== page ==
Milo calls himself the “Dangerous Faggot.” While it is true that he is indeed homosexual, what exactly is dangerous about him?

Milo has stated that homosexuals are the creatives of society, the risk takers. How is that dangerous? Society worships the homosexual. The mainstream narrative glorifies sodomites in all forms of media, from the news to Hollywood productions and primetime television. Society says homosexual behavior is good, Milo agrees.

The mainstream narrative is that racists are bad people. Milo also derides racists. Where is the “dangerous” in that?

All across society, a constant message of “be who you are” is broadcast 24/7. Gay pride, transsexualism, and miscegenation are nonstop themes everywhere you look. Milo is a homosexual, extols the virtues of race mixing (homosexual, yet race mixing nonetheless), and recently dressed in drag. Is that counter culture?

Milo’s entire persona is one of excess, from his flamboyant nature to his theatrical bent. The world around us can only be described as sickeningly consumerist. Imbibe, acquire, experiment. There is no contrast to be found in the entirety of Milo’s shtick.

Cultural libertarianism is currently Milo’s political ideology, if you can call it that. At its core is the wish to be left alone to do whatever you want, free from impediment. There’s not much else to it. How is that dangerous? Freedom is not a controversial idea. Its vague, alluring, and pleasant sounding. Not exactly the stuff that causes parents to shield a young child’s eyes and ears.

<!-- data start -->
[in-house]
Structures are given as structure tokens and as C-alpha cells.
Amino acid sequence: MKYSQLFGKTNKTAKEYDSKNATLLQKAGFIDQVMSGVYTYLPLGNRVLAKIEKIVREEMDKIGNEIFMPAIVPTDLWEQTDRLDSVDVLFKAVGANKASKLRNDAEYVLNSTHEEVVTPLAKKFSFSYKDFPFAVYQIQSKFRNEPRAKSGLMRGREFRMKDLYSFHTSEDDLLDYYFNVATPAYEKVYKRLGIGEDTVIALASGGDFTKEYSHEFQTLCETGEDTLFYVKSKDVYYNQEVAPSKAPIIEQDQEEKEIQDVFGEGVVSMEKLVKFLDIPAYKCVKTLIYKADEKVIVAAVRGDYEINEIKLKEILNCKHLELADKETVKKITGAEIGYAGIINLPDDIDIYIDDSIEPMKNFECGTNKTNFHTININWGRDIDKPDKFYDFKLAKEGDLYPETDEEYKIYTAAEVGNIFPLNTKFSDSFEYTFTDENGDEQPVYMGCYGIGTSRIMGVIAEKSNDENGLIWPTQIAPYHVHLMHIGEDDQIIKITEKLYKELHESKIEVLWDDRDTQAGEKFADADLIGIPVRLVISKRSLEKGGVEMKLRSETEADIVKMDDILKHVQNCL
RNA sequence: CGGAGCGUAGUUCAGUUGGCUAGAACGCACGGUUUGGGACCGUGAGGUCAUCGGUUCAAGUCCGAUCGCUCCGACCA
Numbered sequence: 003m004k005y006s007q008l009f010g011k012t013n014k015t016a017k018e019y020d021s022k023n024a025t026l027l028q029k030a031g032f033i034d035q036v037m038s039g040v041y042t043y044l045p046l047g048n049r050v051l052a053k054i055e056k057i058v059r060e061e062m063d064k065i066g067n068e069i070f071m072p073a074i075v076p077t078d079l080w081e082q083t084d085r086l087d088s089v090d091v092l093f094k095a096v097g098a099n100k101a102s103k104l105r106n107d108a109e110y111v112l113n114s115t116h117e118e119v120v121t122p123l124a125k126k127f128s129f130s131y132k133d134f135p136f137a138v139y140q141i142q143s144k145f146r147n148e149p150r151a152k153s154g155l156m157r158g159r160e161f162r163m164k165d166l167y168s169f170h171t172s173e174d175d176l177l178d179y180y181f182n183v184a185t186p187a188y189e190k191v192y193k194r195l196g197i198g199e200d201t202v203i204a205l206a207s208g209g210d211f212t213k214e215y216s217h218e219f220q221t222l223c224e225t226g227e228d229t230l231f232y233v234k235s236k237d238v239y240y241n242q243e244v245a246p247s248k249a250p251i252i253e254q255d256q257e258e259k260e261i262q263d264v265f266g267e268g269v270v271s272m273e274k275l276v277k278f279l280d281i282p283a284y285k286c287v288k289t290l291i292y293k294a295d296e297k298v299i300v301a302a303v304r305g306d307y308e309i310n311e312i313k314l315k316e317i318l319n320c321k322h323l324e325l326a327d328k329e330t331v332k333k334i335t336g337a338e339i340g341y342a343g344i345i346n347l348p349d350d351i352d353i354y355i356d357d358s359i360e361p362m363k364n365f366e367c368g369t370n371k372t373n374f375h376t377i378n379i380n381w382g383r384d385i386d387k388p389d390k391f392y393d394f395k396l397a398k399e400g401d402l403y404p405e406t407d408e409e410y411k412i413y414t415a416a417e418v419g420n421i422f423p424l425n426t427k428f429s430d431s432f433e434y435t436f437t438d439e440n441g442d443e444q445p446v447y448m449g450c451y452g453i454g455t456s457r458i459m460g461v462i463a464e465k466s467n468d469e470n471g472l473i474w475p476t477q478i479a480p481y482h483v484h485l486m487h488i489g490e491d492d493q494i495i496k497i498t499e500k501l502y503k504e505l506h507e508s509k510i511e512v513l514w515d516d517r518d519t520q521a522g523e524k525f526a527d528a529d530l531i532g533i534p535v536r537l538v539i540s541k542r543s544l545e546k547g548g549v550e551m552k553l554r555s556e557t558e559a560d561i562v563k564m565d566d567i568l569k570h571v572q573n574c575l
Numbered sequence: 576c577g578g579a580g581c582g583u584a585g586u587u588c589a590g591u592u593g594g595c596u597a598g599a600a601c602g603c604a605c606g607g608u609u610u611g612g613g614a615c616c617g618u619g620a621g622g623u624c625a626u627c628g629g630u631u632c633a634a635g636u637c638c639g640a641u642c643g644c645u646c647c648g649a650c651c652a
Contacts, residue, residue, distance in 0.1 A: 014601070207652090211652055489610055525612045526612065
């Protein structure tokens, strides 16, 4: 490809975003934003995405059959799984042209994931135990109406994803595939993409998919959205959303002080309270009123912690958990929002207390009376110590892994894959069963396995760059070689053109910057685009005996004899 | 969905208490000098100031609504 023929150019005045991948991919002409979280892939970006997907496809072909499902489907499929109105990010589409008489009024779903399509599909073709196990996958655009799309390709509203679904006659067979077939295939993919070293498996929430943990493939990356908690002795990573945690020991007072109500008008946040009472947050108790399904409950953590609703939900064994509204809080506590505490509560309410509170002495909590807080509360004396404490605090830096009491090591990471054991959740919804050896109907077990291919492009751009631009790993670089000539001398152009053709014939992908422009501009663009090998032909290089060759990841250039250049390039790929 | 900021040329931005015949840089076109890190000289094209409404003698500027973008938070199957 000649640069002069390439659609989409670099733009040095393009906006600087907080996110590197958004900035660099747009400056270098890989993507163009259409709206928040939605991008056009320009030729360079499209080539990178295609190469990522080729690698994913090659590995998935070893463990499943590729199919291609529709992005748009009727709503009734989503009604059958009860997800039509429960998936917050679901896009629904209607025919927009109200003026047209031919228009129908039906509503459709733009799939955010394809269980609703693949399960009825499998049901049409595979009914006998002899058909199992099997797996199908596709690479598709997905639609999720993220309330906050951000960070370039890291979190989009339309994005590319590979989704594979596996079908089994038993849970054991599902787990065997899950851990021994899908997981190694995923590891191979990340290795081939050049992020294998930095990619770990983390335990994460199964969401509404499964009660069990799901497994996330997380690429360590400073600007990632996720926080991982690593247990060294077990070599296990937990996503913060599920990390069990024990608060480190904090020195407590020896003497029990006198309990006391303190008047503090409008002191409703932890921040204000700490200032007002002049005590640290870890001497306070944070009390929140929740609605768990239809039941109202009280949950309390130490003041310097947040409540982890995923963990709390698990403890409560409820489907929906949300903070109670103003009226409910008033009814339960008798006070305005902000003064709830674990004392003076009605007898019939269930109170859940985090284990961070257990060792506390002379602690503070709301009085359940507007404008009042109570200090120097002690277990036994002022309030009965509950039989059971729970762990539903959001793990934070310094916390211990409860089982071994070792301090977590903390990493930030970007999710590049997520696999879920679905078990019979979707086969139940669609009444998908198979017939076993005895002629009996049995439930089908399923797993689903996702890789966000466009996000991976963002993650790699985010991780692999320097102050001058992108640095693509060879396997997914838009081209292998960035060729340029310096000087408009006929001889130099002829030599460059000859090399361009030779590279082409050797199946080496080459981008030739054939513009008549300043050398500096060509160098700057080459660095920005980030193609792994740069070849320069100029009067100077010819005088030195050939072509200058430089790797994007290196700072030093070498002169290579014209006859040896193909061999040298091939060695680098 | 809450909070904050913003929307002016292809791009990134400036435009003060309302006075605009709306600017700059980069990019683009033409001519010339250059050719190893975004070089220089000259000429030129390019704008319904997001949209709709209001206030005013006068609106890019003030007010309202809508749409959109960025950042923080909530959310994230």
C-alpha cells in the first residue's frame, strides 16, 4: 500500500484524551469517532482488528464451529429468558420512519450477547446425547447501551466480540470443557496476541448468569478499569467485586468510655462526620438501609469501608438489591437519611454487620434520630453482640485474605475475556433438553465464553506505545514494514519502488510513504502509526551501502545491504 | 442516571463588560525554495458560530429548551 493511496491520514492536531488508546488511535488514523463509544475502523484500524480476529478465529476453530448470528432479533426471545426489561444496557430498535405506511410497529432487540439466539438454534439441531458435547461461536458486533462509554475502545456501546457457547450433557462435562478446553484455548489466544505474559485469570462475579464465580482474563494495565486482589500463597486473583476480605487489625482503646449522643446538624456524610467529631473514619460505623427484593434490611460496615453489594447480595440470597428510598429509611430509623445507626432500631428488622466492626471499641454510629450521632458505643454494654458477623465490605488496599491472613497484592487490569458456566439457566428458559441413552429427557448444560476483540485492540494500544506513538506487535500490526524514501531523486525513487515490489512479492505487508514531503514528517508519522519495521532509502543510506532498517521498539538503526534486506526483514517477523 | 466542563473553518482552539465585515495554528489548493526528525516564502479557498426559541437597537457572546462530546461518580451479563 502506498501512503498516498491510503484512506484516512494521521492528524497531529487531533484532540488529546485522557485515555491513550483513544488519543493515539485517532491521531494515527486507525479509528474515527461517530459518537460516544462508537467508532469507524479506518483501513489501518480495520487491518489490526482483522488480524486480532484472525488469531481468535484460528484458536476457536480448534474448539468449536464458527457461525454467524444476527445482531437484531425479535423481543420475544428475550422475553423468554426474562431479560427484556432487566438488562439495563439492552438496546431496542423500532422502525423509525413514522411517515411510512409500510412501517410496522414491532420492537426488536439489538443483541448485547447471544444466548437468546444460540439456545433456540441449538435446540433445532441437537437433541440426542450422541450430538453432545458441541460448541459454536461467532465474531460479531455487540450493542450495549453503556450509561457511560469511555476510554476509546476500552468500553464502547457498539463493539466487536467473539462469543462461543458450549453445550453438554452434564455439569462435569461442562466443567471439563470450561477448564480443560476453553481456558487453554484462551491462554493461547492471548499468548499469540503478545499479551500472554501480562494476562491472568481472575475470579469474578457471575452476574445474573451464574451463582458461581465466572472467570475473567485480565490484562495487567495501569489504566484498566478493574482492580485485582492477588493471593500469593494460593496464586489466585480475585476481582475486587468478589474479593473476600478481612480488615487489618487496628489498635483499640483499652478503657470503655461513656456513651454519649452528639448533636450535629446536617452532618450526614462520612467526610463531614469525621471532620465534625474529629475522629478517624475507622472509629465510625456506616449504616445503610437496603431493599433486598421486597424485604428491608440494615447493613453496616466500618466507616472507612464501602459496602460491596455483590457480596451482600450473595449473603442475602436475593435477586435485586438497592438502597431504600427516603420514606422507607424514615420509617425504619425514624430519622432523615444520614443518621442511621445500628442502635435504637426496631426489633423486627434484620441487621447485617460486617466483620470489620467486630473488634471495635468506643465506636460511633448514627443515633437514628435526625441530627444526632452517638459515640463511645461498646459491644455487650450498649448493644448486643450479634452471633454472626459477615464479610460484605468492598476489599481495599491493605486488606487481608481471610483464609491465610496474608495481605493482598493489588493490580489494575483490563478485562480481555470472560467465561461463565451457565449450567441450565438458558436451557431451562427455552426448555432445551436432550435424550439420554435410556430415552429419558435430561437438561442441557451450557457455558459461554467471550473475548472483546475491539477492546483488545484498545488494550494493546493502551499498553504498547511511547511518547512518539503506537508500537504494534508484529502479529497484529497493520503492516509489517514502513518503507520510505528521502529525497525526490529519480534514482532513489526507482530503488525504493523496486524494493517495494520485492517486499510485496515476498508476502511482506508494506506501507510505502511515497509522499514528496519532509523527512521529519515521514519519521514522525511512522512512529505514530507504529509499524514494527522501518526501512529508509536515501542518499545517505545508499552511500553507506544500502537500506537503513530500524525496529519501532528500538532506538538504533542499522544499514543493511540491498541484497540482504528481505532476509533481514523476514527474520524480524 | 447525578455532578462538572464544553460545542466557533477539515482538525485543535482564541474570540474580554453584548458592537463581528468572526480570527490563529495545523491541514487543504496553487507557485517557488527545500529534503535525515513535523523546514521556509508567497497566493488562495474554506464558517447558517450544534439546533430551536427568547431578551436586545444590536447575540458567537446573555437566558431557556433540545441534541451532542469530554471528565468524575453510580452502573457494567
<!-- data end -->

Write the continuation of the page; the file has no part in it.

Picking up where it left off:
Milo won’t even go on the most popular Alt-Right podcast, The Daily Shoah, because he fears being confronted by the actual alt-right.

Milo has called the core of the alt-right (TheRightStuff, Daily Stormer, etc.) fringe elements, not representative of the alt-right. Milo has also stated that he’s not a part of the alt-right. If the entirety of Milo is nothing more than a sparkling façade, why should anybody trust him to define a group of people he’s not a part of, whose very actions contradict his claims? Milo isn’t brave or dangerous. He won’t even go on the most popular Alt-Right podcast, The Daily Shoah, because he fears being confronted by the actual alt-right. Instead, he visits pot heads like Joe Rogan, knowing that he’ll just barely be the smartest in the room.

Where is the danger in Milo? Not in his ideology, he has none. Not in his social stances, he stands with modernity. Not in his economic policy, nobody knows what his is. The only “danger” that Milo poses is the possibility that he will continue to misrepresent the alt-right as a soulless movement of social libertines without any long-term goals or aspirations. The alt-right (what is the alt-right?) is not a hollow vehicle for Milo, as much as he may wish that to be the case.

Milo is not dangerous in any meaningful sense. He rose to prominence on the back of controversy around video games. He apes the posture of that which is actually dangerous: the alt-right. All flash and no substance, the only danger he poses is his function as yet another contact vector for grids.